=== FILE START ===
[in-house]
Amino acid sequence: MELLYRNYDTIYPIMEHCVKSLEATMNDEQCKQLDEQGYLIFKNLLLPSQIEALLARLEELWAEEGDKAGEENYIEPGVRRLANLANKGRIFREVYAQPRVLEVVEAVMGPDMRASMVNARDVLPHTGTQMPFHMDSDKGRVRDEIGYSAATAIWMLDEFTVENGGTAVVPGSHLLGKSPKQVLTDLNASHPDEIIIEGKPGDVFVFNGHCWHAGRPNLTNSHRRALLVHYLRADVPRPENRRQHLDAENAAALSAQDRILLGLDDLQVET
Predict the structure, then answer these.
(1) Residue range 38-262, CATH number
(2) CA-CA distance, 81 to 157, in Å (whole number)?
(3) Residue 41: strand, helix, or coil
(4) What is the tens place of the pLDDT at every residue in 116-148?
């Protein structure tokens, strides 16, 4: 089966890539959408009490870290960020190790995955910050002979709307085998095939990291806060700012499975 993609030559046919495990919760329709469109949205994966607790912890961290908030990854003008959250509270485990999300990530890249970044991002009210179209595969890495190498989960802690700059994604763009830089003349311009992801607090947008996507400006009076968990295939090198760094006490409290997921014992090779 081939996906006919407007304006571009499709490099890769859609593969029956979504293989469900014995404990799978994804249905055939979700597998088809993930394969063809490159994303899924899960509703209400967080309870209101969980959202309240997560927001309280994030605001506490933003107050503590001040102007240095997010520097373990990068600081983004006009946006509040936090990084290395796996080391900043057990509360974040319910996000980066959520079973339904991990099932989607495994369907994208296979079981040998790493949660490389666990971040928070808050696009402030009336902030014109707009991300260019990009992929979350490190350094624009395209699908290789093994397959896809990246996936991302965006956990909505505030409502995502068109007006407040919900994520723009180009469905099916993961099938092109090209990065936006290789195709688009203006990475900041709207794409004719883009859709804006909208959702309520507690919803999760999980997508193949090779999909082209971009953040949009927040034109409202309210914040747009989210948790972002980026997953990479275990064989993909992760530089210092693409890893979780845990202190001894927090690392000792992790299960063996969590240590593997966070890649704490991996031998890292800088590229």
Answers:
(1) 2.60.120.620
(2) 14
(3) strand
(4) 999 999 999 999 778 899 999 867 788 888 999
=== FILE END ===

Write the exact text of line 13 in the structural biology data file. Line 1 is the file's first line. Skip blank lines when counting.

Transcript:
(4) 999 999 999 999 778 899 999 867 788 888 999